For how elusive Kennedy Charles is when carrying the football, the senior quarterback’s value to the Portland High School football team this year is easy to pin down.
“The heart and soul,” of the team, many around the program called him.
While the 2022 season didn’t end how the Charles and the Bulldogs hoped, there’s still plenty to be proud of. A 1-3 start to the year didn’t deter Portland, who behind Charles’ stellar — and frankly unexpected — emergence, ripped off seven-straight wins before falling 20-14 to Skowhegan in the Class B state championship Saturday at Fitzpatrick Stadium.
“I’m very proud,” Charles said. “None of this year was easy. Every game was a challenge and hard fought.
“I feel like we deserved to be here. Win or lose, I feel like we deserved it.”
Thrust into a new role in his last high school football season, Charles thrived. Portland’s original starting quarterback, senior Sam Esposito, broke his collarbone and scapula in the first game of the season, which Portland won. After three straight losses with a stagnant offense, Bulldogs coach Jason McLeod inserted Charles in as the starting quarterback. Formerly a running back/slow receiver with zero prior experience under center, Charles didn’t throw much in his new role, but energized a high-powered offense. Portland never lost with Charles at quarterback until the state final. And in that final game, Charles put the Bulldogs on his back. Though he threw an interception midway through the fourth quarter that allowed Skowhegan to run out the clock, Charles also is why Portland was in the game at all. He rushed for a 44-yard touchdown in the first quarter, and made a critical 57-yard pass, followed by a touchdown run during a high-stakes third quarter drive.
“He made a lot of things that he was uncomfortable doing (look) comfortable,” McLeod said. “He made a lot of things look easy not only by his pure athleticism, but by his grit, determination, leadership and desire. He’s a special player and a special kid.”
The Bulldogs reached the Class B South regional final last year but fell 35-0 to eventual state champion Marshwood. Portland (8-4) previously won state championships in 1982 and 2002. They’ve lost in the state final four times since. Skowhegan (10-2) last won in 1978 and lost in the state final three times before this year. Technically the visiting team but playing on their home field, the Bulldogs traded their usual home blues for road whites, and their supporter section sat on what’s usually the road side opposite the Fitzpatrick Stadium press box. The River Hawks and senior quarterback Adam Savage proved too steep a challenge on that day.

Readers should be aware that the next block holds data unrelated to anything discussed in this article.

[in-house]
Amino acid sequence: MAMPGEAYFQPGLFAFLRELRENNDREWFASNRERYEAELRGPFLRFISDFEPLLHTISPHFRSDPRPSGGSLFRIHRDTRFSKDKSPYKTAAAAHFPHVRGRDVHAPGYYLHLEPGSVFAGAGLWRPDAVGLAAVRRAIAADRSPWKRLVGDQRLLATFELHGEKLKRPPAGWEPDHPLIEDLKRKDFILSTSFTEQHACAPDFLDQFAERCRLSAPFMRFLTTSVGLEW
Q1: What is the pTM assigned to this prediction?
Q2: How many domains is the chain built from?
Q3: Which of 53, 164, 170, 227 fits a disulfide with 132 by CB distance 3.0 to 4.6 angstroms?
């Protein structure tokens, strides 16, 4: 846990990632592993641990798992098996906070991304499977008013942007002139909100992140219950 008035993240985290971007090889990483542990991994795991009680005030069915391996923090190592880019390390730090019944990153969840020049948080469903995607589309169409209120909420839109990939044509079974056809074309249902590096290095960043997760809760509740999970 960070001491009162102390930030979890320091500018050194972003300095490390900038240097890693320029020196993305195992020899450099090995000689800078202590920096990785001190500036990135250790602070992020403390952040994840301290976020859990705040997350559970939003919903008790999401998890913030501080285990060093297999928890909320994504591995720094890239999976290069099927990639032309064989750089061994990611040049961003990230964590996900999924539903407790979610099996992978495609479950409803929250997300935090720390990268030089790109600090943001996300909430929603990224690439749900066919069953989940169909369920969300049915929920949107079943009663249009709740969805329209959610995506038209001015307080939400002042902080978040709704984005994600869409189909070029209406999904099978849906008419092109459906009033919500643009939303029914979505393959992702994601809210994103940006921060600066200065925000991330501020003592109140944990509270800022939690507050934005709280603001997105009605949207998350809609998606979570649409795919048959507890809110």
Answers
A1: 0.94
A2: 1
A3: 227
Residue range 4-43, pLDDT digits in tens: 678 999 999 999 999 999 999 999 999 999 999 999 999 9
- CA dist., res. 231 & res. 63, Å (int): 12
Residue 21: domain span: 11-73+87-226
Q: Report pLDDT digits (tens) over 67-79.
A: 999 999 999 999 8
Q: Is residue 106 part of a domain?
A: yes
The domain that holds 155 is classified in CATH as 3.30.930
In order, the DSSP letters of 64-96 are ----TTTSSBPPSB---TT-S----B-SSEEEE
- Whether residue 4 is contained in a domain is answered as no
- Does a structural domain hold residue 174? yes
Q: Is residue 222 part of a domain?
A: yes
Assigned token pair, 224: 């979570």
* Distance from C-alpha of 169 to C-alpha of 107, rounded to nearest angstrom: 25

Even in defeat, Charles and the Bulldogs showed grace. He and teammates were recognized for their sportsmanship, consoling South Portland players in the waning moments of Portland’s victory over the Red Riots in the Class B South final. This time, on the other end of the scoreboard, Charles kept his head high. He embraced his teammates, and then his opponents. The Skowhegan coaching staff displayed immense respect for Charles, too, engaging in postgame conversation and support. Charles spoke to the media with poise. Visibly, and rightfully, emotional, he reflected on what he and his teammates accomplished with maturity.
“Just because things started out rough at the beginning of the season, we chose not to give up,” Charles said.
And it’s not completely over yet. Portland does have one more game, the 110th edition of the Thanksgiving contest with rival Deering, another opportunity to wear the Bulldogs blue and white.
“I wouldn’t want to wear any other jersey,” Charles said. “I represent the Portland Bulldogs.”